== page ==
- Windows Smartphone Gains Ground in the Smartphone Market -- In 2013, we'll find out whether the Windows Phone emerges as a viable third option in the battle of mobile OSs. A new report from Kantar Worldpanel Comtech has revealed that the Windows Phone edged out RIM as the third most popular platform during the past 12 weeks, now accounting for 2.7% of all purchases in the U.S. Microsoft has done some great UI work with the platform, but it could all go to waste if they fail to effectively market the OS and if device manufacturers fall short on following up with compelling hardware options and competitive price points.
- Interactive Features and Single Page Architecture (SPA) Take the Spotlight -- In 2013 "interactions" will become the design buzz word when creating sites using more single page architecture (SPA). SPA is becoming popular due to its ease of use and clean aesthetic. SPA also forces you to prioritize your content, providing a driving force for your overall message. Visit siteworx.com as an example of how SPA offers compelling experiences.
- Responsive Design -- The continued adoption of responsive design will impact both the medium and the message. In taking a content-first approach and designing with a "mobile-out" methodology, organizations will adopt a more efficient administrative framework to manage their digital content. Additionally, they will create a model where content can be efficiently prioritized for cross-channel experiences. While it remains to be seen what impact this trend will have on core revenue generation models, such as online advertising, it will be interesting to see exactly what content takes precedence for different verticals and audience types.
- Responsive Design Welcomes Personalized Responsive Content -- Until now, most people spoke of responsive design in terms of the visual display of information that adapts "effortlessly" to the digital context through which it is delivered. But 2013 will offer a richer conversation around the personalized responsive content that must also adapt to the device; that is, experience designers, marketers and copywriters will leverage more advanced WCM techniques to choose which content appears in which context in which design - we won't just see the same content reformatted for every device (for example, the venerable "click here" advice doesn't make much sense without a mouse). 2013 will see this dimension of content strategy and execution flourish.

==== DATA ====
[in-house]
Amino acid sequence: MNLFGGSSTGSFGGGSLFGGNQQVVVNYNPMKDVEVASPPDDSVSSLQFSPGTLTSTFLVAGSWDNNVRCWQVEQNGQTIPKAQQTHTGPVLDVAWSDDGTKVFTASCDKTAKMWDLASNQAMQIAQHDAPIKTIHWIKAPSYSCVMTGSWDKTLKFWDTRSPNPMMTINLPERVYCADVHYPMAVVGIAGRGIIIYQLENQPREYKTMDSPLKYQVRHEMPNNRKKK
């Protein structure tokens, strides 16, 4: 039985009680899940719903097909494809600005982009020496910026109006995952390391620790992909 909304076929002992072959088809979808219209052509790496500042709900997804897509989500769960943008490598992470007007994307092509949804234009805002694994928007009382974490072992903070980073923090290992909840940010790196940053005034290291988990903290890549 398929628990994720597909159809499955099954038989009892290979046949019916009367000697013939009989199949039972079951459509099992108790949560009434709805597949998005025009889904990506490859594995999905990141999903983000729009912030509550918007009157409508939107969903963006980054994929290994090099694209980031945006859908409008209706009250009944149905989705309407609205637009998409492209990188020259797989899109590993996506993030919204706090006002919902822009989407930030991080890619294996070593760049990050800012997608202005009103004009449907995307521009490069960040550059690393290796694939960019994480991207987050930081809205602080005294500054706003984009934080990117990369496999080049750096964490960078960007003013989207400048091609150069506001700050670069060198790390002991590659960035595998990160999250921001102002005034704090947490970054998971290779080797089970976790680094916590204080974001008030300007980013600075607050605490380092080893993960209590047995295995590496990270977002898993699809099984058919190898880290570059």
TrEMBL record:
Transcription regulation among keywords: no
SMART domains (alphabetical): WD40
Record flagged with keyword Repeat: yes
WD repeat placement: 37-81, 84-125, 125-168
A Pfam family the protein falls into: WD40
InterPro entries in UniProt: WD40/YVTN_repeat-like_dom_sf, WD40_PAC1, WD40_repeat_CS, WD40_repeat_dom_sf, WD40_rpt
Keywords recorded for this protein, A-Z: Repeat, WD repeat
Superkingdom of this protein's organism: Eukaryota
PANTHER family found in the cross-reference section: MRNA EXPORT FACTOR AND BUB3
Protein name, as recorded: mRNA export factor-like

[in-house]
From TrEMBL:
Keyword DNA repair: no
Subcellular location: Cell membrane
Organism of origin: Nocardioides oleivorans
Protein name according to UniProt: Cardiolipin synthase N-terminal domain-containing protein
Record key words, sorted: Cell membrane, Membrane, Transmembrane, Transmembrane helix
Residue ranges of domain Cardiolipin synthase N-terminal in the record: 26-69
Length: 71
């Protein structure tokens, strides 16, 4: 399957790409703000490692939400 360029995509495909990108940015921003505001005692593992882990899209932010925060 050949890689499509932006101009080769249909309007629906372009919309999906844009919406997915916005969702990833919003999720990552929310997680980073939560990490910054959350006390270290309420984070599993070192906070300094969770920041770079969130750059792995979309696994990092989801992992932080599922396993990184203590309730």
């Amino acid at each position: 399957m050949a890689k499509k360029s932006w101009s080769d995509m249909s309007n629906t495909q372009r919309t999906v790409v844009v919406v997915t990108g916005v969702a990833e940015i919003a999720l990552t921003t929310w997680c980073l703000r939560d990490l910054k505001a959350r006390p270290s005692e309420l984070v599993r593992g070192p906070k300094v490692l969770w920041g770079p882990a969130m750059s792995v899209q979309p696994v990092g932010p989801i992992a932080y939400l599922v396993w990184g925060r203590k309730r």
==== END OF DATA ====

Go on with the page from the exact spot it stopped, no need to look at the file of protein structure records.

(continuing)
- Personalization Goes Mainstream -- Content testing, targeting, and personalization will continue to become more mainstream outside the eCommerce space. Marketers in all verticals realize the advantages of creating these more-personalized experiences for their site visitors and are finally in a position to start doing something about it. WCM vendors of nearly all stripes (including Adobe and Sitecore) have vastly improved their capabilities in these areas over the last few years and organizations have moved to re-platform onto these more-capable solutions.
- Big Data and Our Complete Digital Fingerprint -- With over 2.5 trillion bytes of data accumulating around the world every day (take the actual number with a grain of salt, but trust that data is getting bigger faster than ever), marketers and data scientists are making happy bedfellows. In 2013, marketers will expect deeper, more meaningful metrics from analytics packages to drive every user experience towards a personalized nirvana, forming and nurturing a complete digital fingerprint for all of us. Data scientists will provide analysis across devices, applications, domains, locales, social graphs ... everything.
- Marketing Automation is the New Normal -- 2012 saw two major transactions in the Digital Marketing Automation space: ExactTarget purchased the SMB player Pardot for around $100 million, and Oracle acquired Eloqua for over $800 million. This heavy investment indicates that digital experience management vendors are combining cloud-based solutions into total digital experience management packages -- some more complete than others. If a digital experience management vendor does not include marketing automation in their "standard" solution, they'll be left behind in the 2013 race for relevance.
- The Beloved Back Button Continues to Fight the Good Fight -- Since the iPhone begot the iPad, digital experiences have evolved with a fierce rapidity. Native app? Hybrid app? Web app? Single-page architecture? Responsive design or m-dot site? Attendant to this variance has been the varied result of clicking the back button: Will this take me back to my Facebook news stream, or back to the previous page I just browsed inside this window? Will I return to where I was one click ago or multiple clicks ago? Will the animations run backwards or just lurch back to an expired session page? Much like the rise of Flash in the late 1990s and early 2000s, experience designers enjoy breaking a golden rule before returning to some form of normalcy. 2013 will see a renewed respect for the trusty back button as usability tests confirm that people still rely on what should be one of the most consistent experiences on the web.
("Vintage 2013" image courtesy of Shutterstock.)